xorl %eax, %eax

Wireshark HOME Format String Vulnerability

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I was surprised today, when I was relaxing by browsing the latest bug-trackers and saw this. Format string vulnerabilities are probably the most straightforward to fix so there are not very common these days. At least in such ways.. Oh… Anyone said BusyBox…? Greetings dear PTP-ers ;p Anyway, the following issue was fixed on wireshark 1.0.6 and affects all the previous releases. It is kind of useless since it requires local access to execute it but it’s fun, so I’ll discuss it anyhow. This vulnerability was reported to the Wireshark development team by someone under handle babi. The next code snippets were taken from Wireshark 1.0.5 source code. The vulnerability is located at epan/filesystem.c. This file holds various filesystem specific utility routines used by wireshark internally, and is written by Gerald Combs of the Wireshark Project. The vulnerable function is this:

940  static const char *
941  get_persconffile_dir(const gchar *profilename)
942  {

As its name implies, this function is used to retrieve the personal configuration file directory. Here is what it does:

943          static char *persconffile_profile_dir = NULL;
944
945          if (persconffile_profile_dir) {
946                  g_free (persconffile_profile_dir);
947          }
948

It declares a static pointer and initializes it to NULL. Then, if this value is not NULL, it frees it using g_free() at line 946. Else, it continues like this:

949          if (profilename && strlen(profilename) > 0 &&
950              strcmp(profilename, DEFAULT_PROFILE) != 0) {
951            persconffile_profile_dir = g_strdup_printf ("%s%s%s", get_profiles_dir (),
952                                                        G_DIR_SEPARATOR_S, profilename);

If the profile name and its length are not NULL, and if the profile name is not the default one, then use g_strdup_printf() to retrieve the profiles directory, insert the appropriate directory seperator and finally the profile name. Nothing notable here, but what if this condition at line 949 fails? Here is the else part:

953          } else {
954            persconffile_profile_dir = g_strdup_printf (get_persconffile_dir_no_profile ());
955          }
956
957          return persconffile_profile_dir;
958  }

Well, it just stores to persconffile_profile_dir a string being duplicated using g_strdup_printf() but with no format string specifier! And finally, this function returns this value. Let’s now move to get_persconffile_dir_no_profile() and see where it takes the string that it returns. The latter function can be found at the same source code file. Here it is:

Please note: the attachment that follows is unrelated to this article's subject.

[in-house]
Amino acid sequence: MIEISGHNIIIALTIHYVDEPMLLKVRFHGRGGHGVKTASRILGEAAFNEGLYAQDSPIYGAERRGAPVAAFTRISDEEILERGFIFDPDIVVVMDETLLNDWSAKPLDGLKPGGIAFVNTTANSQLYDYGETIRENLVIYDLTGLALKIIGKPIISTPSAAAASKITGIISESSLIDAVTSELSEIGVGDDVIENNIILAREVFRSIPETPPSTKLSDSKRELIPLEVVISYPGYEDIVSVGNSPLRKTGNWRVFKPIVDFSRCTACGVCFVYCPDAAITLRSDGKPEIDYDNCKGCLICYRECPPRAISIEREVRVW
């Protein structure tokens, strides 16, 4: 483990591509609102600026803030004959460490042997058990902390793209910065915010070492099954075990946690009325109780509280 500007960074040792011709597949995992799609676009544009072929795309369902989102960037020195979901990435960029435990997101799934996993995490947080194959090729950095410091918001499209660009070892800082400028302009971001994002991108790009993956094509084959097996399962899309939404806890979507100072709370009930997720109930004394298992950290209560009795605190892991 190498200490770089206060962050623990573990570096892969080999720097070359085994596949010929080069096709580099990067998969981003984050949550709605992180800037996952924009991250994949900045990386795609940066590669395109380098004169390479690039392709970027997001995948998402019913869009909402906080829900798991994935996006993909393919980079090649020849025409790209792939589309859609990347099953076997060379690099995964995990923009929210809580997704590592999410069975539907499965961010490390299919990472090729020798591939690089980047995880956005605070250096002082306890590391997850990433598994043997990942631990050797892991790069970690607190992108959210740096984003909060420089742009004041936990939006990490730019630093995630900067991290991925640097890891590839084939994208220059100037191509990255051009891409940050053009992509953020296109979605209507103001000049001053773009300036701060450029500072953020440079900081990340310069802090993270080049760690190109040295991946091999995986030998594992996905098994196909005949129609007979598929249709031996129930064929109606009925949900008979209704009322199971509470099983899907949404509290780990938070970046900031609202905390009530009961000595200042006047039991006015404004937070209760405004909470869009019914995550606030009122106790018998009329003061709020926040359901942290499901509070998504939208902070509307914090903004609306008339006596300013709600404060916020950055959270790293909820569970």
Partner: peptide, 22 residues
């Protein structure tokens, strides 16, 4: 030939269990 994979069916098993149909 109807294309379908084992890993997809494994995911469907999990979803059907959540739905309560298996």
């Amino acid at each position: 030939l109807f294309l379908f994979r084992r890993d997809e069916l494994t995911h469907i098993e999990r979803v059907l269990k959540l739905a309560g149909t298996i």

831  /*
832   * Get the directory in which personal configuration files reside;
833   * in UNIX-compatible systems, it's ".wireshark", under the user's home
834   * directory, and on Windows systems, it's "Wireshark", under %APPDATA%
835   * or, if %APPDATA% isn't set, it's "%USERPROFILE%\Application Data"
836   * (which is what %APPDATA% normally is on Windows 2000).
837   */
838  static const char *
839  get_persconffile_dir_no_profile(void)
840  {

The comment is pretty explanatory so, here is a stripped down version, with only the useful for us parts (I’m ignoring the Win32 parts):

839  get_persconffile_dir_no_profile(void)
840  {
       ...
846          const char *homedir;
       ...
902          homedir = getenv("HOME");
903          if (homedir == NULL) {
       ...
909                  pwd = getpwuid(getuid());
910                  if (pwd != NULL) {
       ...
915                          homedir = g_strdup(pwd->pw_dir);
916                  } else
917                          homedir = "/tmp";
918          }
919          persconffile_dir = g_strdup_printf("%s" G_DIR_SEPARATOR_S "%s", homedir, PF_DIR);
       ...
922          return persconffile_dir;
923  }

So, it takes it directly from the HOME environment variable or if it fails, it tries out the same using getpwuid() and as a last resort, the /tmp directory. If we manipulate the HOME environment variable to contain malicious format string input we can exploit this issue and execute arbitrary code. Format string exploitation is extremely trivial and well documented even with the latest protection mechanisms enabled. At last, here is the patch for this simple bug:

     } else {
-      persconffile_profile_dir = g_strdup_printf (get_persconffile_dir_no_profile ());
+      persconffile_profile_dir = g_strdup_printf ("%s", get_persconffile_dir_no_profile ());
     }

Proof of concept? :P
Just:

export HOME="%n%n%n%n%n"

and either run wireshark or tshark… Now, imagine how difficult the exploitation could be ;p

Wireshark has definitely more vulnerabilities, and numerous remotely exploitable ones since it is a huge project with many parsing operations. But I found this kind of bug funny, even automated auditing tools such as static code analysis GCC patches would have detect this one.

Whatever, back to work! :)

Written by xorl

February 11, 2009 at 15:38

Posted in bugs

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